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Majestic and serene, the spacious perspectives of the 17th-century Parc de Sceaux invariably have a calming effect on the nerves. Despite its vast appearance, the park is surprisingly small. Its château-museum, statues, fountains, canals and staircase waterfall, as well as the rich diversity of its walks and its wildlife, are all contained in less than two square kilometers. But it is always possible to find secluded corners, even on weekends when the park is at its busiest.
It is the most accessible of the classical parks surrounding Paris, just 10 km south of Notre Dame and 13 minutes by train from there on the RER B line, but little known to foreign visitors who are more likely to head to Versailles.
The park was originally created for Jean-Baptiste Colbert (1619-1683), the Sun King’s able and hard-working chief minister. As it is a quarter the size of Versailles, strolling around it is a relaxing and satisfying experience. Sceaux, owned by the Hauts de Seine département, is more user-friendly than many larger parks owned by the State and caters for local needs, including sports facilities, a restaurant and three buvettes. It leaves a lasting impression of sober elegance, laced with moments of quiet discovery and enjoyment, very much in the spirit of the Grand Siècle that Colbert did so much to bring into being.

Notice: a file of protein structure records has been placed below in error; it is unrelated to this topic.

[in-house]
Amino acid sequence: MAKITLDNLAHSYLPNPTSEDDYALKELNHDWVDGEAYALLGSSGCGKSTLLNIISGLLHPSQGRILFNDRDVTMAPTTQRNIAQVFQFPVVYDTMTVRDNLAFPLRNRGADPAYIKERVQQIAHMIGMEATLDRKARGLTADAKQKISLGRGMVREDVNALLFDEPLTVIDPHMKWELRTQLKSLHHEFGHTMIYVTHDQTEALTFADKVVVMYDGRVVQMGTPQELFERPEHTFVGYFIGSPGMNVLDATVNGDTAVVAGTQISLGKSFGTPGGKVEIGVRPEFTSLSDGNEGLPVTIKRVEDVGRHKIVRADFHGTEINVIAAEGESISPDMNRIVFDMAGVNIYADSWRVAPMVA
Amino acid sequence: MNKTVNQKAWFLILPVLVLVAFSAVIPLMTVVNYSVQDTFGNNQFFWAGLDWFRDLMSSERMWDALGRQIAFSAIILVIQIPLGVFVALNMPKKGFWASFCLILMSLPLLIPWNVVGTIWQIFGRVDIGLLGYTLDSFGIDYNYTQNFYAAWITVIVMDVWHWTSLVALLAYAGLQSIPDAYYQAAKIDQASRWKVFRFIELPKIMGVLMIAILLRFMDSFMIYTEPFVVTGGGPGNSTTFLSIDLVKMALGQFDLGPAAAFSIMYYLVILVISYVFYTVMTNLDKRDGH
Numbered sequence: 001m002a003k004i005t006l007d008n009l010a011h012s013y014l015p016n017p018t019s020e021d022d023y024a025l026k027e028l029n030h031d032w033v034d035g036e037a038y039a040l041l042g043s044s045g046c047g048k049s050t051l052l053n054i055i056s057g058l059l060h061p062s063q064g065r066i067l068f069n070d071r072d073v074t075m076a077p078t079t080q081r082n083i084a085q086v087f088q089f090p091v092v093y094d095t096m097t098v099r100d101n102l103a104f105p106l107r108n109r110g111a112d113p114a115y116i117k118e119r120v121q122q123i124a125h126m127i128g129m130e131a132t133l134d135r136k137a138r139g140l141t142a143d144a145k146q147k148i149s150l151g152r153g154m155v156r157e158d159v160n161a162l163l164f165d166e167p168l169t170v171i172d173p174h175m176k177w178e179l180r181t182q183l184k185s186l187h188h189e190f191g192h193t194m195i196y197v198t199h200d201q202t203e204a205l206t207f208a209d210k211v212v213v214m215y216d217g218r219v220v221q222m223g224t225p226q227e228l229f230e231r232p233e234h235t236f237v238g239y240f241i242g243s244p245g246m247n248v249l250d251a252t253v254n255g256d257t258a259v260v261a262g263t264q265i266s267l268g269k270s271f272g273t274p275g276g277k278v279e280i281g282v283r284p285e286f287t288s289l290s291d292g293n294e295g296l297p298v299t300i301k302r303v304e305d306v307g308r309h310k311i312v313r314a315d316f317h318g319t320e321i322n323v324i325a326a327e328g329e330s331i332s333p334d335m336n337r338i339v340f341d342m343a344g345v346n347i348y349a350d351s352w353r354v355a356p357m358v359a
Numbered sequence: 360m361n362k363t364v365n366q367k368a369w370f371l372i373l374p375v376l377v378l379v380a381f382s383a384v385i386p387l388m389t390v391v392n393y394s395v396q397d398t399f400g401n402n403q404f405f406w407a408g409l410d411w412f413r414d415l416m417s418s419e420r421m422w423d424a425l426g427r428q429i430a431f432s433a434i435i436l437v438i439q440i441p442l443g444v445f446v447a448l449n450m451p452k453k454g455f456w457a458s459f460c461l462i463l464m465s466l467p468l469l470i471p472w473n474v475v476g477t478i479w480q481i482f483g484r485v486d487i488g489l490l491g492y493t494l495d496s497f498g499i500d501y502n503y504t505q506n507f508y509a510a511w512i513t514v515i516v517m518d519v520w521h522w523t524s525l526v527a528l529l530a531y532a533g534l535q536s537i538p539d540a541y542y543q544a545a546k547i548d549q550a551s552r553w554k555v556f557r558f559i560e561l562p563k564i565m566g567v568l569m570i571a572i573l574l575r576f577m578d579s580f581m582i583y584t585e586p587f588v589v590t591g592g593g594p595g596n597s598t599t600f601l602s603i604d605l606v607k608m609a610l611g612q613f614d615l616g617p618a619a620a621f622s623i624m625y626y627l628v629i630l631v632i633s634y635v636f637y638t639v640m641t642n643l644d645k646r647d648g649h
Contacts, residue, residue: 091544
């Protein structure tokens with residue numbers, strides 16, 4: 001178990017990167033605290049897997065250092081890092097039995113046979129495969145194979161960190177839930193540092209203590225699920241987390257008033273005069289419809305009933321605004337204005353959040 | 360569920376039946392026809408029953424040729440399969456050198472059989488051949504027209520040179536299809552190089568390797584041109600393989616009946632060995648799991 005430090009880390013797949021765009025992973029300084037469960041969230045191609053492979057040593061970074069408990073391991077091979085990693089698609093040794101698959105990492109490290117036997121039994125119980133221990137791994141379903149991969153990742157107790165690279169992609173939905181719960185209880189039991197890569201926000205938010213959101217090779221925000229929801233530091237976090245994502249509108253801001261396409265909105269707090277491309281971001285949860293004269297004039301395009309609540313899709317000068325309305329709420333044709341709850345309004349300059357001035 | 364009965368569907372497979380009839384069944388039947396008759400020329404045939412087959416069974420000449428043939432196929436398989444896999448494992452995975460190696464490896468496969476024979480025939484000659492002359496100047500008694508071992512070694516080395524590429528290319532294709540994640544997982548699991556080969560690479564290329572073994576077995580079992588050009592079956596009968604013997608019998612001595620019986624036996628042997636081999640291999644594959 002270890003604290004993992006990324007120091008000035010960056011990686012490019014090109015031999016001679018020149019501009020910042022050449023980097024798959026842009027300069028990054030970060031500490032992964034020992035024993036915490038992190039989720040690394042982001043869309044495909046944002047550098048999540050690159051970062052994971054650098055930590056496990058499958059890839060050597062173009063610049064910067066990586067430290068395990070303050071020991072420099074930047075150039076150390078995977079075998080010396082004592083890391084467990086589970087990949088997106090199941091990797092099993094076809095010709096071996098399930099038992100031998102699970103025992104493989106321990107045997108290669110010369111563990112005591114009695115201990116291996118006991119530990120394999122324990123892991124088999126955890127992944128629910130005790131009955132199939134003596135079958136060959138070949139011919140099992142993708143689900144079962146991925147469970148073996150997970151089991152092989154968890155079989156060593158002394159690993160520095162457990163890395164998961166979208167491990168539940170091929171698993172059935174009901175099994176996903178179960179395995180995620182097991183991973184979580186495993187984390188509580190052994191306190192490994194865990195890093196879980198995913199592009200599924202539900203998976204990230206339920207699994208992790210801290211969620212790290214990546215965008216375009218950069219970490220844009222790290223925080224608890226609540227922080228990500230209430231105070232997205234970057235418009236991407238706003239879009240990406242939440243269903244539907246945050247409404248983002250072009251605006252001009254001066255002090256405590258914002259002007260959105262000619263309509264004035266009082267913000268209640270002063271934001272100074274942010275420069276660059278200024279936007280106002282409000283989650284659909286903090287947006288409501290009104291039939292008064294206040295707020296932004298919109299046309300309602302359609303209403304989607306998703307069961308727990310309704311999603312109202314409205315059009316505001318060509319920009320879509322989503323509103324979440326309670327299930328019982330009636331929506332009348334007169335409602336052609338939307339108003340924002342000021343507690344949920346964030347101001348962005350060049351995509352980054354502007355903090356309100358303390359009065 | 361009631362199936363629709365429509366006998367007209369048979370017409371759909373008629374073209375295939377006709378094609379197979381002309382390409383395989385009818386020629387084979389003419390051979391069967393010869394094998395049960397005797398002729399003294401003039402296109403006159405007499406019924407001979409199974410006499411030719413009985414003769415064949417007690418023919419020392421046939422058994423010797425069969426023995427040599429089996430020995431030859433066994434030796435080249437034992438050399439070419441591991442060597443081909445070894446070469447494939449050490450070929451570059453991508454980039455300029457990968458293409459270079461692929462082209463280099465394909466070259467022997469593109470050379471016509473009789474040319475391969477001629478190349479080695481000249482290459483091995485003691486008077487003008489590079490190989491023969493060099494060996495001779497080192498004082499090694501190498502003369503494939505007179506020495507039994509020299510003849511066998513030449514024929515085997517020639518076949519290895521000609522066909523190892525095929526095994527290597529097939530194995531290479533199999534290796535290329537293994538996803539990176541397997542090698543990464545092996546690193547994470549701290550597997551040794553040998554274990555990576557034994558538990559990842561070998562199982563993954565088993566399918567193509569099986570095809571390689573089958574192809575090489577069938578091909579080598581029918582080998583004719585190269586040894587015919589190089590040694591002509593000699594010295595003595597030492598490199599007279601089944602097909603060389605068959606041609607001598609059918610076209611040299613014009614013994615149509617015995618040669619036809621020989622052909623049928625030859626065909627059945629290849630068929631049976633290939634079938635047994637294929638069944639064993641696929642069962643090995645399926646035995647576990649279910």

Colbert bought the domain of Sceaux in 1670, enlarged the 16th-century château and commissioned André Le Nôtre to design the park. Le Nôtre made clever use of the sloping terrain to create a play of perspectives, culminating in the Grandes Cascades, a staircase of nine waterfalls and fountains leading to an octagonal pond and later prolonged by another green vista.
In July 1677 Colbert invited Louis XIV to Sceaux, having prudently first made sure of a warm welcome for him from the villagers by halving their taxes. The royal visitors were impressed by the “marvelous cleanliness” of the apartments, unusual for the period, the banquet, the music and the fireworks, followed by a performance of Racine’s Phèdre in the Orangerie. As he emerged, the king was acclaimed by all the villagers dancing under the illuminated trees of the park. Enchanted, he remarked that he had never been more agreeably entertained.
The good taste and clever management which marked the king’s visit continued to be shown in Colbert’s expansion and embellishment of his favorite residence. His son added the Grand Canal and the present Orangerie, designed by Jules Hardouin Mansart, in 1686.
In 1699 the château was sold to the Duc du Maine, the legitimized son of Louis XIV and Madame de Montespan. The Duchesse du Maine, who had inherited the stylish tastes of her grandfather, the “Grand Condé,” made Sceaux famous for its elegant parties at the beginning of the 18th century. They became known as the “Nuits de Sceaux,” at which Voltaire and other distinguished visitors were frequent guests.
After the Revolution, Sceaux was declared a bien national (national property) and sold off. The château was demolished and the park turned into farmland before reverting to semi-wilderness. Alain-Fournier (1886-1914) was a pupil at the nearby Lycée Lakanal from 1903 to 1906, at a time when the park was in a state of romantic neglect. It has been suggested that Sceaux was the inspiration for the mysterious domain described in his celebrated novel Le Grand Meaulnes, published in 1913.